Satan: A Biographyby Henry Ansgar Kelly
Pub. Date: 08/31/2006
Publisher: Cambridge University Press
Christians traditionally think of Satan as Lucifer, God's enemy, who rebelled against Him out of pride and then caused Adam and Eve to sin. But, as Kelly shows, this portrayal is not biblical but a scenario invented by the early Fathers of the Church which became the 'New Biography of Satan'. The 'Original Biography' must be reconstructed from the New Testament
Christians traditionally think of Satan as Lucifer, God's enemy, who rebelled against Him out of pride and then caused Adam and Eve to sin. But, as Kelly shows, this portrayal is not biblical but a scenario invented by the early Fathers of the Church which became the 'New Biography of Satan'. The 'Original Biography' must be reconstructed from the New Testament where Satan is the same sort of celestial functionary we see in the Book of Job - appointed to govern the world, specifically to monitor and test human beings. But he is brutal and deceitful in his methods, and Jesus predicts that his rule will soon come to an end. Kelly traces the further developments of the 'New Biography': humankind's inherited guilt, captivity by Satan, and punishment in Hell at his hands. This profile of Satan remains dominant, but Kelly urges a return to the 'Original Biography of Satan'.
- Cambridge University Press
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Table of Contents
List of illustrations; List of abbreviations; Introduction; Part I. Hebrew Backgrounds: 1. The Old Testament; 2. Apocryphal works and the Dead Sea Scrolls; Part II. The New Testament: Satan Comes Into His Own: 3. St Paul, the first Christian writer; 4. The four Gospels; 5. Later Epistles; 6. The apocalypse of John the Divine; 7. Putting the New Testament together: a composite portrait of Satan in canonical order; Part III. Satan and Adam: 8. Satan's original sin: felling Adam; Part IV. The Rise of the Fallen Lucifer: 9. Lucifer and the new biography of Satan; 10. Satan and the human race; 11. Theorizing Satan; 12. Satan in literature and art; Part V. Satan in the Modern World: 13. Temptation and possession; 14. Doubts and affirmations; Summary and conclusion; Index of passages; General index.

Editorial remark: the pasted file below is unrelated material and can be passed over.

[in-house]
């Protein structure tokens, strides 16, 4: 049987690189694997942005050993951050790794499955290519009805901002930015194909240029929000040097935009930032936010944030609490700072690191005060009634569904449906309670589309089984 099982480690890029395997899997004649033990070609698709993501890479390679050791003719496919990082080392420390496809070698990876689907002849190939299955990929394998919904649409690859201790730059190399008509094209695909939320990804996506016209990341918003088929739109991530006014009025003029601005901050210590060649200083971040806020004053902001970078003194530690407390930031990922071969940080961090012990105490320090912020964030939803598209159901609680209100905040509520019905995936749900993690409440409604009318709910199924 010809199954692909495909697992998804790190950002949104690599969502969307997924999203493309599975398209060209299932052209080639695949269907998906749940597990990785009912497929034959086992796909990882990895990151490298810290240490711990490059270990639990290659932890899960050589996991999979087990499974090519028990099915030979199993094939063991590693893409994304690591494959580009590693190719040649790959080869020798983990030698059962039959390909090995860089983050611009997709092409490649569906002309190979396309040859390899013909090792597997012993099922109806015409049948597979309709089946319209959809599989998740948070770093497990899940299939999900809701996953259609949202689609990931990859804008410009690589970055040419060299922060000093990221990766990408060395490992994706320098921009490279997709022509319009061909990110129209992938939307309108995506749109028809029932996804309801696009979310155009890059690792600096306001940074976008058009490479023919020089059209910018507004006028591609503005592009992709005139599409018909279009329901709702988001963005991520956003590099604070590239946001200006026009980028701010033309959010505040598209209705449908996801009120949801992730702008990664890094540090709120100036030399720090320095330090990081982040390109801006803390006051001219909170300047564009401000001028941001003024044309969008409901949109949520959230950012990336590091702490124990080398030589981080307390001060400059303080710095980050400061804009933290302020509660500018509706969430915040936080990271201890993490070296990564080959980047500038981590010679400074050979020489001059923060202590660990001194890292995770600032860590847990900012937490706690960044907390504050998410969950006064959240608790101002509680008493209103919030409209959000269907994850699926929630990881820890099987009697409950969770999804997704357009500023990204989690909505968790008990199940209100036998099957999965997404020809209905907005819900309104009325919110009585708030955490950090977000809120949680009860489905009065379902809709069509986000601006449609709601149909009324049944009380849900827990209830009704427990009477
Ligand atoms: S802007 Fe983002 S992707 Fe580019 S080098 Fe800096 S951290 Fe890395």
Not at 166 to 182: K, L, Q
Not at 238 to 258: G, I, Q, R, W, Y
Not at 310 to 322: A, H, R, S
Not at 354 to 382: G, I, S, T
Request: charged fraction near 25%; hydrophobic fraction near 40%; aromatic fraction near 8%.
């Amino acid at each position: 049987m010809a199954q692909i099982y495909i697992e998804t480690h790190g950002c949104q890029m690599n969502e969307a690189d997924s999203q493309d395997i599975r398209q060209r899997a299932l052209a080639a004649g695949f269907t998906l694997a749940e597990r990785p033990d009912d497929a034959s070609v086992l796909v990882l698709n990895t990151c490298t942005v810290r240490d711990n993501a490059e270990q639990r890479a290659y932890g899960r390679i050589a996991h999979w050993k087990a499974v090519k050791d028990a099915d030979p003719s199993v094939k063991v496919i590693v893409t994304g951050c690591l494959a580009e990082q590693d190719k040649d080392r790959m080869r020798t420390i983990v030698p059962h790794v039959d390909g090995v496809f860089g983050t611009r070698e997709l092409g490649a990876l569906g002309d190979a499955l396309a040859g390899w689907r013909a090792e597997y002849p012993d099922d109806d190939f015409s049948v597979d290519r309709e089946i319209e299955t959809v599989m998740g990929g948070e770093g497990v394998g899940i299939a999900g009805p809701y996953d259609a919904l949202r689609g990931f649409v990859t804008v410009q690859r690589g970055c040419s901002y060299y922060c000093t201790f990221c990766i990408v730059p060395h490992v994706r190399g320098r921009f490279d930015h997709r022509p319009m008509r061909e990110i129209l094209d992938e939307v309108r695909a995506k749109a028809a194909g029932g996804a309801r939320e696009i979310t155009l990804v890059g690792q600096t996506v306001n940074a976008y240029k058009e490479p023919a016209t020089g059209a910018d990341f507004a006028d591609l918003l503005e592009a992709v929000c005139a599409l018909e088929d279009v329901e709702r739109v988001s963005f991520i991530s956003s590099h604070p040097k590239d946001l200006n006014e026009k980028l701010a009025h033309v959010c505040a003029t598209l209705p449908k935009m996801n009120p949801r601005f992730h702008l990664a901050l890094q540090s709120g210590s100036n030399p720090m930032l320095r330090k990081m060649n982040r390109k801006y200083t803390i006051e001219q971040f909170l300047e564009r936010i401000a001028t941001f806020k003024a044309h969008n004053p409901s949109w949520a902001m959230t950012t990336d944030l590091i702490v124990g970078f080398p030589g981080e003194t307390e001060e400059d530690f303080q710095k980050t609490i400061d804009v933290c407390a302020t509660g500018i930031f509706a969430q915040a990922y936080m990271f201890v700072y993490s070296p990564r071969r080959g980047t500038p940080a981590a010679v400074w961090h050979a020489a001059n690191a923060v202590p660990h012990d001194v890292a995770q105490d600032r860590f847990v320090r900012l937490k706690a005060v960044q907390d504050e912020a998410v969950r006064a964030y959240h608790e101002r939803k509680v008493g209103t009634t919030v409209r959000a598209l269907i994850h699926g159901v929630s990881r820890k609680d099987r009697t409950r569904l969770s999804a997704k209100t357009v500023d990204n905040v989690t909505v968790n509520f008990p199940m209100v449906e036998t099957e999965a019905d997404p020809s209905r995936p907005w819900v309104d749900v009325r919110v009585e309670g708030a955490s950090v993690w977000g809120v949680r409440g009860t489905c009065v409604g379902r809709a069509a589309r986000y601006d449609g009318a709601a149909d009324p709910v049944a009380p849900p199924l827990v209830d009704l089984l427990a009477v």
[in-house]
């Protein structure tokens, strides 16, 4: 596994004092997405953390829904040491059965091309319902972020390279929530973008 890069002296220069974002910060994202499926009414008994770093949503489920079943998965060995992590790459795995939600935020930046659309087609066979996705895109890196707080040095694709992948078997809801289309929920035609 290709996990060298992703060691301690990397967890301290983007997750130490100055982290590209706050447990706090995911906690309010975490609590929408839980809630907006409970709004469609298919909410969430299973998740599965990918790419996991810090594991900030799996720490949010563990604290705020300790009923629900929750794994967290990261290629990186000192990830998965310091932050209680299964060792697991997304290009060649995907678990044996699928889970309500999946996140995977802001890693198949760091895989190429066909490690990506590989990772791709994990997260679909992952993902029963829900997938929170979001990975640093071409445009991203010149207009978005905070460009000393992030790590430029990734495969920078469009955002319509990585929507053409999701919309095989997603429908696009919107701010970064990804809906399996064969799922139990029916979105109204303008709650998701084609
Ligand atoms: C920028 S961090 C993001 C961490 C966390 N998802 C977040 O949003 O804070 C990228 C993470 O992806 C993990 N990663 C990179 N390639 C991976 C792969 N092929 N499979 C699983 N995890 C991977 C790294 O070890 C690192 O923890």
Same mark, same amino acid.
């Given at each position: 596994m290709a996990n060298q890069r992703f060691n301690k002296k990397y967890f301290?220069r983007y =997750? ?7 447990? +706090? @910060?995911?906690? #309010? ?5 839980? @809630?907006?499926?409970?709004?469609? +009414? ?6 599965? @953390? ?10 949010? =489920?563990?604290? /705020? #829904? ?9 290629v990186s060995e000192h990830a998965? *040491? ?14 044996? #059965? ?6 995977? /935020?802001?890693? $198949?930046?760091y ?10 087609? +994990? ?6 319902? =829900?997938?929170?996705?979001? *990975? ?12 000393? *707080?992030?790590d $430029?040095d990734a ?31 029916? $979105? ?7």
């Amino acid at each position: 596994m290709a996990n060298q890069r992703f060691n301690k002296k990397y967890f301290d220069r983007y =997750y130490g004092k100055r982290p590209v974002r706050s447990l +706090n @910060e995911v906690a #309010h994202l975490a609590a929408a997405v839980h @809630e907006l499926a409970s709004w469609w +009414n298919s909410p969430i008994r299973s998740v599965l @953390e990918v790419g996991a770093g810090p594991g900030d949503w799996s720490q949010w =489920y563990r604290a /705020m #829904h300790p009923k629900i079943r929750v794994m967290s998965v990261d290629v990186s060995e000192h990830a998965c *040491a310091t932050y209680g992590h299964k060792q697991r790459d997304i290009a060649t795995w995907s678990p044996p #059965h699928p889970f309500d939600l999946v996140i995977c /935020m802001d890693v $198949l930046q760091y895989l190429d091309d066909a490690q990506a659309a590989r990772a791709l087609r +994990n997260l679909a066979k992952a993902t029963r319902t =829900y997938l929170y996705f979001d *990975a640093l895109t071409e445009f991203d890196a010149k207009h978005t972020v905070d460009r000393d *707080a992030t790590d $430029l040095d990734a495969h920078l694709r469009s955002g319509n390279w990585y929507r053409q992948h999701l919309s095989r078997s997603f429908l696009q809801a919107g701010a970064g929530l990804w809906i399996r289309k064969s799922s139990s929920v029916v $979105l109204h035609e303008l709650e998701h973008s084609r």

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The author did a good job with the history of Satan and hopefully more books will follow from him and others about this subject matter to bring us back to the truth and away from the delusions and misconceptions that are out there.
Satan: A Biography by Henry Ansgar Kelly is a very fascinating reference that should interest any student of popular literature or the Christian faith. The one thing that is most striking about this book is its depth and comprehension; Kelly strives to get the true biblical interpretation of Satan by referencing nearly every time he is mentioned in the book, but thankfully he does not stop there. Kelly goes on to reference the whole of theology with regards to Satan, and even explores the spiritual theories of famous historical theologians such as 1200¿s scholar Thomas Aquinas. Lastly, Kelly imbues his work with a sense of relevance by examining the idea of Satan in modern society and analyzing how the myth¿s image has changed and been adopted by our society. With this book, Kelly sets out to prove that the image of Satan originally intended by the founders of the Christian religion has been somewhat distorted, and strives to give his readers a better perspective with the use of the painstaking research he has conducted. Overall, a very good read for people of any faith.